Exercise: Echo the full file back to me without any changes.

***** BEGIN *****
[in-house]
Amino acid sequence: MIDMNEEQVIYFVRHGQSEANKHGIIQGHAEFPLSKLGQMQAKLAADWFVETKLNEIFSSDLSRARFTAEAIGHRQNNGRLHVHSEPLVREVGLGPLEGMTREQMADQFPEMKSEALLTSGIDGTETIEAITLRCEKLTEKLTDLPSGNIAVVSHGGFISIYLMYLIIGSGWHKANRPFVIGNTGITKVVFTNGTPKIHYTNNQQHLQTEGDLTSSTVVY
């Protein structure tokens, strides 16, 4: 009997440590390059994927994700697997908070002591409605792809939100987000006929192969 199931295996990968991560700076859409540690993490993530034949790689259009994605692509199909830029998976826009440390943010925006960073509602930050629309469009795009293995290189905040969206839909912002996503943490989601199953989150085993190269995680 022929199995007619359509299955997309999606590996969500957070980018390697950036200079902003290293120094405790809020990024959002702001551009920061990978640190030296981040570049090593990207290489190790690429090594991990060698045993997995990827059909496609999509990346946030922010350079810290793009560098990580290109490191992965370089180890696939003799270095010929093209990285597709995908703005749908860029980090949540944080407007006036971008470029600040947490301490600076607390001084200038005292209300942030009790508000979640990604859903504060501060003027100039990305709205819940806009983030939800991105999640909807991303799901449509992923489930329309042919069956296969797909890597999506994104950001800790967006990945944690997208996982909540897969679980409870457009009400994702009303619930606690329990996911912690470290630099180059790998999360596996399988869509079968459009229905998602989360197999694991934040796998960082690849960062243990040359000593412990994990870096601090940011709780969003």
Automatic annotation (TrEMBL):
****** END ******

[in-house]
Amino acid sequence: MIDMNEEQVIYFVRHGQSEANKHGIIQGHAEFPLSKLGQMQAKLAADWFVETKLNEIFSSDLSRARFTAEAIGHRQNNGRLHVHSEPLVREVGLGPLEGMTREQMADQFPEMKSEALLTSGIDGTETIEAITLRCEKLTEKLTDLPSGNIAVVSHGGFISIYLMYLIIGSGWHKANRPFVIGNTGITKVVFTNGTPKIHYTNNQQHLQTEGDLTSSTVVY
């Protein structure tokens, strides 16, 4: 009997440590390059994927994700697997908070002591409605792809939100987000006929192969 199931295996990968991560700076859409540690993490993530034949790689259009994605692509199909830029998976826009440390943010925006960073509602930050629309469009795009293995290189905040969206839909912002996503943490989601199953989150085993190269995680 022929199995007619359509299955997309999606590996969500957070980018390697950036200079902003290293120094405790809020990024959002702001551009920061990978640190030296981040570049090593990207290489190790690429090594991990060698045993997995990827059909496609999509990346946030922010350079810290793009560098990580290109490191992965370089180890696939003799270095010929093209990285597709995908703005749908860029980090949540944080407007006036971008470029600040947490301490600076607390001084200038005292209300942030009790508000979640990604859903504060501060003027100039990305709205819940806009983030939800991105999640909807991303799901449509992923489930329309042919069956296969797909890597999506994104950001800790967006990945944690997208996982909540897969679980409870457009009400994702009303619930606690329990996911912690470290630099180059790998999360596996399988869509079968459009229905998602989360197999694991934040796998960082690849960062243990040359000593412990994990870096601090940011709780969003």
Automatic annotation (TrEMBL):